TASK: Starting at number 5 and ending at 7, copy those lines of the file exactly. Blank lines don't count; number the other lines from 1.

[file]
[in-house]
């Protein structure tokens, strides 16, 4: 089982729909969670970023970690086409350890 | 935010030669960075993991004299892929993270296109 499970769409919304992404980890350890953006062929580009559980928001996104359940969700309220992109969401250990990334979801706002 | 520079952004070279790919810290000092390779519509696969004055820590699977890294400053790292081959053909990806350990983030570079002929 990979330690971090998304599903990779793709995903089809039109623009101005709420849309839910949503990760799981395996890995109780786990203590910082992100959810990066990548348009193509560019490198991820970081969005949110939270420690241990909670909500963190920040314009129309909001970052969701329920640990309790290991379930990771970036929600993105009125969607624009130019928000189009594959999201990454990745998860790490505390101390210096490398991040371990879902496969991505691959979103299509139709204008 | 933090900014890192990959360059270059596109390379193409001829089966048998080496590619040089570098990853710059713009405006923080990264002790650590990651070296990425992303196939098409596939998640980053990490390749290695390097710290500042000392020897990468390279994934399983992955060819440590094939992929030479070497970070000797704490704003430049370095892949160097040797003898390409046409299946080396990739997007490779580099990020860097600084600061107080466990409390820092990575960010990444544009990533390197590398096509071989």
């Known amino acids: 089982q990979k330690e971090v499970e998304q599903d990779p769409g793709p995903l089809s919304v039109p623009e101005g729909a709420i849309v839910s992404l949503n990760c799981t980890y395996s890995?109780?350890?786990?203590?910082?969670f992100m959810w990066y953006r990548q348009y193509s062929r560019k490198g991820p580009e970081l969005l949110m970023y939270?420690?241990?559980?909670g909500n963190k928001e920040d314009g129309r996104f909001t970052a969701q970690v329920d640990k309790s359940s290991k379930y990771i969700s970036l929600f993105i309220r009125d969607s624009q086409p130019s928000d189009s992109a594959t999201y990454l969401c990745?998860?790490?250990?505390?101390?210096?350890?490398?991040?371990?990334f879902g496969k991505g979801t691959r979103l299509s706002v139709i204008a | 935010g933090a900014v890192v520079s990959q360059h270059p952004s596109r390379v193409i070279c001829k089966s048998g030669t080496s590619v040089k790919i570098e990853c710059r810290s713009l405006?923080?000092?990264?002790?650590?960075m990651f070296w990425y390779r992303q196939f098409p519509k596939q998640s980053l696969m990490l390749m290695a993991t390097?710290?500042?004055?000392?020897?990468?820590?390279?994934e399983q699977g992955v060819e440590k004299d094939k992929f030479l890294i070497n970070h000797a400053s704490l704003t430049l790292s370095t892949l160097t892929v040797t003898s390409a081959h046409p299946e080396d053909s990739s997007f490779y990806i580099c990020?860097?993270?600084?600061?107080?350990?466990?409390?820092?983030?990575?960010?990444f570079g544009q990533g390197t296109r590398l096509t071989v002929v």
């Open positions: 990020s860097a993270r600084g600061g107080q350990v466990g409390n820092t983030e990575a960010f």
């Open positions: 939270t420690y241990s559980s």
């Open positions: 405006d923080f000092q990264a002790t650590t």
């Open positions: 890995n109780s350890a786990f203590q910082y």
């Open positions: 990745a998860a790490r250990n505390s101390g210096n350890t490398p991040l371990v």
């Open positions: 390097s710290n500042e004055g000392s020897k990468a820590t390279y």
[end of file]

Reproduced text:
């Open positions: 939270t420690y241990s559980s």
């Open positions: 405006d923080f000092q990264a002790t650590t």
């Open positions: 890995n109780s350890a786990f203590q910082y």